By Linda Miller, MCC
When you think about giving feedback, what’s your first response? Mine is, “Do I HAVE to??” Making observational feedback can help. Observational feedback is information that’s shared without a request for change. It’s just an observation. For example, “You seemed quieter than usual in the meeting this morning. Hope everything is ok.” Or, “Your energy level is different, and it looks like you’re enjoying the new project.”
Observational feedback gives information that may not be otherwise recognized by the person receiving it. It can confirm something that’s going on or point out something new. The best observational feedback is non-judgmental and timely. It’s a data point. Our hypothesis is that if we increase the positive and observational feedback, it will decrease the need for feedback asking for a behavior request or change.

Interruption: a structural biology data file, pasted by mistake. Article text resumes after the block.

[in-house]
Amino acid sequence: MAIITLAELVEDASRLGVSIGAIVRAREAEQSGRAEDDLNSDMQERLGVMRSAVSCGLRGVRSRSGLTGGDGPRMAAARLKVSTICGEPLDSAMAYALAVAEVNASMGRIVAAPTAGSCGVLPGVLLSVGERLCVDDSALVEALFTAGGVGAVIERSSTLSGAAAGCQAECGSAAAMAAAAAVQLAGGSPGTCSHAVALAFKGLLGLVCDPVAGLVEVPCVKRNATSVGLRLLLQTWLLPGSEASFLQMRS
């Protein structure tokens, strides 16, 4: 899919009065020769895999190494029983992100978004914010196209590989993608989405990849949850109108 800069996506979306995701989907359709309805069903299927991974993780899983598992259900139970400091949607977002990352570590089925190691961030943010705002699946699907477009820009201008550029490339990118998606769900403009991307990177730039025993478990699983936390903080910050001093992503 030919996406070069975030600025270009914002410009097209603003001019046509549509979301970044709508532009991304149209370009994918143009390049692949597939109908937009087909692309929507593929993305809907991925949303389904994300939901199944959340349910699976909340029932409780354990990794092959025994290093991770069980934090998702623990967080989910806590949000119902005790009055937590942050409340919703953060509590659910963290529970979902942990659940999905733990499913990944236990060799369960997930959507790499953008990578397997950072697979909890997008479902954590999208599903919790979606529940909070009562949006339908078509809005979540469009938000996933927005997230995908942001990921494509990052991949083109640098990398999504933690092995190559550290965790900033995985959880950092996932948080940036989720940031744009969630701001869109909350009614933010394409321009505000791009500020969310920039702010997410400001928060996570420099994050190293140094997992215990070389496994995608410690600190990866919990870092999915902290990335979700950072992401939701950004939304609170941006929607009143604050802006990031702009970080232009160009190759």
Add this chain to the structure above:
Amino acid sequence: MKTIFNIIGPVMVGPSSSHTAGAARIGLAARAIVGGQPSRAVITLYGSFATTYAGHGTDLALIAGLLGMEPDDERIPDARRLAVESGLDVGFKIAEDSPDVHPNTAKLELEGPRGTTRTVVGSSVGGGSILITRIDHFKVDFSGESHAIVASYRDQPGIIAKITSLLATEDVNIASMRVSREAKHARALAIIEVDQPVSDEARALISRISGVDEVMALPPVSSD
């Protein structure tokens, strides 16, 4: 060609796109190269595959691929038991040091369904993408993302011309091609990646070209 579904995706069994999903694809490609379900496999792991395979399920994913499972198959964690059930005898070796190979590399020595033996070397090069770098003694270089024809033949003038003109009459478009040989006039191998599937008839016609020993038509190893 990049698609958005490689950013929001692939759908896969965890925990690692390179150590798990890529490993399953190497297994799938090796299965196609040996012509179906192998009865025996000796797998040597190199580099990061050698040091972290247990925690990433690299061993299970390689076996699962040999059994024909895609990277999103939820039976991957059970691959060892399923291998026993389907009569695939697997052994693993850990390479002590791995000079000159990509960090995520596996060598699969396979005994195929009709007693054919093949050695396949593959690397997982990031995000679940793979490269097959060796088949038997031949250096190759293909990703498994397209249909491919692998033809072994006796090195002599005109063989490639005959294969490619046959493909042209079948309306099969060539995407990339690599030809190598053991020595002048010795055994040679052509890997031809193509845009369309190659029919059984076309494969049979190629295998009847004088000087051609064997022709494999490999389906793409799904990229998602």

Last week, I had the privilege of working with some very talented managers. During one of the sessions, we asked the managers to give each other observational feedback. Here’s a response from one of the participants: “When we were giving observational feedback to each other, someone gave me some feedback that I always knew but finally heard. I can’t wait to start applying everything that I have learned.” That’s the power of observational feedback. Try it. Notice what happens.